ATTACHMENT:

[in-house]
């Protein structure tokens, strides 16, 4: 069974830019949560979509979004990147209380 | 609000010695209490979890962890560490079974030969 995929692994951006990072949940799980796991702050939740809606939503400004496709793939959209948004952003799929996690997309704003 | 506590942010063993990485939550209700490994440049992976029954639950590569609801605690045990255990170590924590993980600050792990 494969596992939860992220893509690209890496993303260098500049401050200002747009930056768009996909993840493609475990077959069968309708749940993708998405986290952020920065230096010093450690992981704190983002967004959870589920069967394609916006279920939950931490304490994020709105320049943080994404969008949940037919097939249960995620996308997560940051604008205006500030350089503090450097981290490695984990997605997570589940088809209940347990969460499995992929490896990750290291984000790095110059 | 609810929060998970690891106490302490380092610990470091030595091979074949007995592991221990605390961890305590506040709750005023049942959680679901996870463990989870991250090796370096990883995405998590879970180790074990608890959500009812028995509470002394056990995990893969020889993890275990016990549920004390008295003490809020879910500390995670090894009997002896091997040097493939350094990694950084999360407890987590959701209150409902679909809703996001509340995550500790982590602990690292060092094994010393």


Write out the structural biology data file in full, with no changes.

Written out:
[in-house]
């Protein structure tokens, strides 16, 4: 069974830019949560979509979004990147209380 | 609000010695209490979890962890560490079974030969 995929692994951006990072949940799980796991702050939740809606939503400004496709793939959209948004952003799929996690997309704003 | 506590942010063993990485939550209700490994440049992976029954639950590569609801605690045990255990170590924590993980600050792990 494969596992939860992220893509690209890496993303260098500049401050200002747009930056768009996909993840493609475990077959069968309708749940993708998405986290952020920065230096010093450690992981704190983002967004959870589920069967394609916006279920939950931490304490994020709105320049943080994404969008949940037919097939249960995620996308997560940051604008205006500030350089503090450097981290490695984990997605997570589940088809209940347990969460499995992929490896990750290291984000790095110059 | 609810929060998970690891106490302490380092610990470091030595091979074949007995592991221990605390961890305590506040709750005023049942959680679901996870463990989870991250090796370096990883995405998590879970180790074990608890959500009812028995509470002394056990995990893969020889993890275990016990549920004390008295003490809020879910500390995670090894009997002896091997040097493939350094990694950084999360407890987590959701209150409902679909809703996001509340995550500790982590602990690292060092094994010393």